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One way of thinking of users are actual accounts which a person could log into on your server. But a more common view of users, which you should get used to for administration, is more like a system role. For example, if you install apache, you will see apache running as 'http' or 'apache' user. That is a legit user on your system, but noone could login ...


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Technically this question doesn't make sense. What you want to do is offer people the possibility to connect to your computer and load webpages. For doing that you have to install for example apache as a webserver to give access to the pages. For installing Apache you need to be logged in as a user with root privileges. This user could be the new user(only ...


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On Solaris 11 you can use: vi /etc/ssh/sshd_config PermitEmptyPasswords yes Reload sshd Add a new user useradd -m -d /home/testuser -s /bin/bash testuser passwd -d testuser SSH using new user admin@testhost:~$ ssh testuser@localhost Last login: Tue May 19 15:02:42 2015 from localhost Oracle Corporation SunOS 5.11 11.2 December 2014 ...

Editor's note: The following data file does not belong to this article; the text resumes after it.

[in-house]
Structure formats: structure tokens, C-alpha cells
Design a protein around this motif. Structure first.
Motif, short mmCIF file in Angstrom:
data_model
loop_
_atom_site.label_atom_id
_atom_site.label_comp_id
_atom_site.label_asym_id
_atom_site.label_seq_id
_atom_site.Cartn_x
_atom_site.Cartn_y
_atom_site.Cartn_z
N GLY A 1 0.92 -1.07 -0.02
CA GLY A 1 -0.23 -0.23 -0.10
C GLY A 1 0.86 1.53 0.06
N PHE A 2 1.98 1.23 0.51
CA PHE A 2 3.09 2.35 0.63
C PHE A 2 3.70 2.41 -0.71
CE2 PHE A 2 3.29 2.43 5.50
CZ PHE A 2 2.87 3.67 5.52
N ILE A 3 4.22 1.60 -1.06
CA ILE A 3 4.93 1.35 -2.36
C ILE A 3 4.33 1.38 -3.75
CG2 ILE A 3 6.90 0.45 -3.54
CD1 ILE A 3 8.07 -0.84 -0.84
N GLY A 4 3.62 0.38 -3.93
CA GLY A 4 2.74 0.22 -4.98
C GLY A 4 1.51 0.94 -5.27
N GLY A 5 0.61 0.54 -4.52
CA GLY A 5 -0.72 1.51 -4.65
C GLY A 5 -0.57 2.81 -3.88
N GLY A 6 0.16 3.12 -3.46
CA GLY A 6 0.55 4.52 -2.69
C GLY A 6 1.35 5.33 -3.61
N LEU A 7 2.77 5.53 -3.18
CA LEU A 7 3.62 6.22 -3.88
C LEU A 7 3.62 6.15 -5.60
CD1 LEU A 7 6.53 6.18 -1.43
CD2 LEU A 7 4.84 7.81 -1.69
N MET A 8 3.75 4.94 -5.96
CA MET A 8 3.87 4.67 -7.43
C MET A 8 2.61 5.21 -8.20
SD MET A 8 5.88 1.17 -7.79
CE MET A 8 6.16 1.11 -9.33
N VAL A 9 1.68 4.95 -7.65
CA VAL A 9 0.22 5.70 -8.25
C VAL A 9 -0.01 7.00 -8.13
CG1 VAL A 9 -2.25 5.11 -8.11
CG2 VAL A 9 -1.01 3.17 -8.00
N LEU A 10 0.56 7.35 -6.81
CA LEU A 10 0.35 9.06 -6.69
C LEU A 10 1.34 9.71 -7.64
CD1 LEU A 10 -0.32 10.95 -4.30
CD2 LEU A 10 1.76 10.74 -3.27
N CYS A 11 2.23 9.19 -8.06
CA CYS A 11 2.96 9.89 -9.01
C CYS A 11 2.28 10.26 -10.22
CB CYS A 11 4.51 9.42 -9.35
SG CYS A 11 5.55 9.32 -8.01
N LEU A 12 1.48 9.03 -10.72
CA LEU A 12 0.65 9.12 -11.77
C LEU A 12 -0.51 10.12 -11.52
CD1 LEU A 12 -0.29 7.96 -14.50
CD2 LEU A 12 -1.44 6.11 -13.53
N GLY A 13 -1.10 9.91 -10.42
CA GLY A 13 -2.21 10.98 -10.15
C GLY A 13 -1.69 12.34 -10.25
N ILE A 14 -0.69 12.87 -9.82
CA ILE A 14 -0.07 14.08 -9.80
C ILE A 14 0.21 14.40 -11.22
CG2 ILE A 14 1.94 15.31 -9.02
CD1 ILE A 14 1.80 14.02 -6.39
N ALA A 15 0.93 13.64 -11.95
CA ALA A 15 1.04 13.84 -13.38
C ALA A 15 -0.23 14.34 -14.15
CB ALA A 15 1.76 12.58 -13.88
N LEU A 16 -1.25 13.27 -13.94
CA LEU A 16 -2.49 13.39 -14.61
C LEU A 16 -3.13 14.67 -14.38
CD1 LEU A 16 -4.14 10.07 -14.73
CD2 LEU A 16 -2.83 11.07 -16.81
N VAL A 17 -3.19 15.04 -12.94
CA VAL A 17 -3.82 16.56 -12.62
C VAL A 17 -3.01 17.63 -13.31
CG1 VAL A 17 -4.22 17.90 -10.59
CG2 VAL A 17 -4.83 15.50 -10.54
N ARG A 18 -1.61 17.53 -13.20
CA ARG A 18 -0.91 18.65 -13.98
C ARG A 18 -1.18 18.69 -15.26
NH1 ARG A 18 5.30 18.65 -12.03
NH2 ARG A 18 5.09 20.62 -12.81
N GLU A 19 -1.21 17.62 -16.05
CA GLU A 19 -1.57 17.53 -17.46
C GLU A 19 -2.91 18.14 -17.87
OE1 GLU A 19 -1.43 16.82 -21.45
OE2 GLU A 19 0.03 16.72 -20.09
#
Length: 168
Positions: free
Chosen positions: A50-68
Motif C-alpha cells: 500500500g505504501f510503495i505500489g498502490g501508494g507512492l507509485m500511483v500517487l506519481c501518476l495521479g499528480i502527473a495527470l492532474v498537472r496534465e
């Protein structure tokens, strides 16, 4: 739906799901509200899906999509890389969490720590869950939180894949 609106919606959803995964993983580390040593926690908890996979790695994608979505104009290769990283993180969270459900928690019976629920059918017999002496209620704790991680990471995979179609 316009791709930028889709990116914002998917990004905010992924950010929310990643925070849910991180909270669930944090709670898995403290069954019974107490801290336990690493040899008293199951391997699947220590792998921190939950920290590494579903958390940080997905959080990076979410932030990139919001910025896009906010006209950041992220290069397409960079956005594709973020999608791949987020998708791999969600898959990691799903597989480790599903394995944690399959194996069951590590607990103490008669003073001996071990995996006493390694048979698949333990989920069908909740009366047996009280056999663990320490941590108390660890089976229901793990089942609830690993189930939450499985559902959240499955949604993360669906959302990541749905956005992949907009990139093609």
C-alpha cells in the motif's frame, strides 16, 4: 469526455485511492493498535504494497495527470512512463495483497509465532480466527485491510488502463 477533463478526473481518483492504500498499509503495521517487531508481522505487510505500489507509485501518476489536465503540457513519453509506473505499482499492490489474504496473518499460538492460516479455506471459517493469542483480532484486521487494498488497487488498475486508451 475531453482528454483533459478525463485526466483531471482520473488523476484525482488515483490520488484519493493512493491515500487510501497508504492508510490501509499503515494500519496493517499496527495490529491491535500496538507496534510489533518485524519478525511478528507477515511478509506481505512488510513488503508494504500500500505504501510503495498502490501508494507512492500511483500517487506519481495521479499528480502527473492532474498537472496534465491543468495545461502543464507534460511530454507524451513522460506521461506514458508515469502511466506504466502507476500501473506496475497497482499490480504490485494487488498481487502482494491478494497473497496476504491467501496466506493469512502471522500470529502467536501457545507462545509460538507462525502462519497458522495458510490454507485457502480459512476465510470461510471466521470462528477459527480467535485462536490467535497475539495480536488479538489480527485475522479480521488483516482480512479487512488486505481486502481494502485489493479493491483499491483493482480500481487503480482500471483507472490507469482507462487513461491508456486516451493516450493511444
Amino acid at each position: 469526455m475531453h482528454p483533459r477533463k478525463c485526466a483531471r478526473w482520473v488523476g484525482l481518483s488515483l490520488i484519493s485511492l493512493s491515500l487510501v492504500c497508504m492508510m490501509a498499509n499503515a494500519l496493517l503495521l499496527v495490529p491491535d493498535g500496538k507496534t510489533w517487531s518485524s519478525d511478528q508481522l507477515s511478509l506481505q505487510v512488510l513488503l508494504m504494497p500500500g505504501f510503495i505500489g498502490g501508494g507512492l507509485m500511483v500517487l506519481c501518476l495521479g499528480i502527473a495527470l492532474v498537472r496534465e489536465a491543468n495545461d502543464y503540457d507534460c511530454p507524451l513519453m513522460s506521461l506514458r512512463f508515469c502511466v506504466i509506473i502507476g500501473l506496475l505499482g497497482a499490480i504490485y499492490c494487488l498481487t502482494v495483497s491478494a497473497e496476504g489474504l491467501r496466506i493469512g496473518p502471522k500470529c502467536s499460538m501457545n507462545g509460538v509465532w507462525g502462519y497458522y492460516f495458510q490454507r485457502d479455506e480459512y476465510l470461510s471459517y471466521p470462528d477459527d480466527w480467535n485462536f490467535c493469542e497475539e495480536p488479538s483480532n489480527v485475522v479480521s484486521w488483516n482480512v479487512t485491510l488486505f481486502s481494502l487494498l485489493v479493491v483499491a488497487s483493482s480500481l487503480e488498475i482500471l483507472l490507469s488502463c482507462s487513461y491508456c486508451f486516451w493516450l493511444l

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It's a shell feature, not a feature of sshd. You need to make the shell running on the SSH server send a title change control sequence. See How to change the title of an xterm for explanations.


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Okay, this on turned out to be WTF LOL squared... I got a hint that it was most likely ICMP packets being filtered by the firewall. So when you stumble upon this issue check it out. In the article I found on Hacker News one reads: ssh did not work. It would connect, flip some data back and forth (as shown with -v) and then would hang. Certain websites ...


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Add option -i when running ssh-copy-id. This is explained in the manual: Default behaviour without -i, is to check if 'ssh-add -L' provides any output, and if so those keys are used. Note that this results in the comment on the key being the filename that was given to ssh-add(1) when the key was loaded into your ssh-agent(1) rather than the comment ...


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ssh -D works at(via man ssh) Specifies a local ``dynamic'' application-level port forwarding. This works by allocating a socket to listen to port on the local side Then what's a socket?via A socket is just a logical endpoint for communication. They exist on the transport layer. You can send and receive things on a ...


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Yes. I use Firefox with it that way on a fedora 19 system



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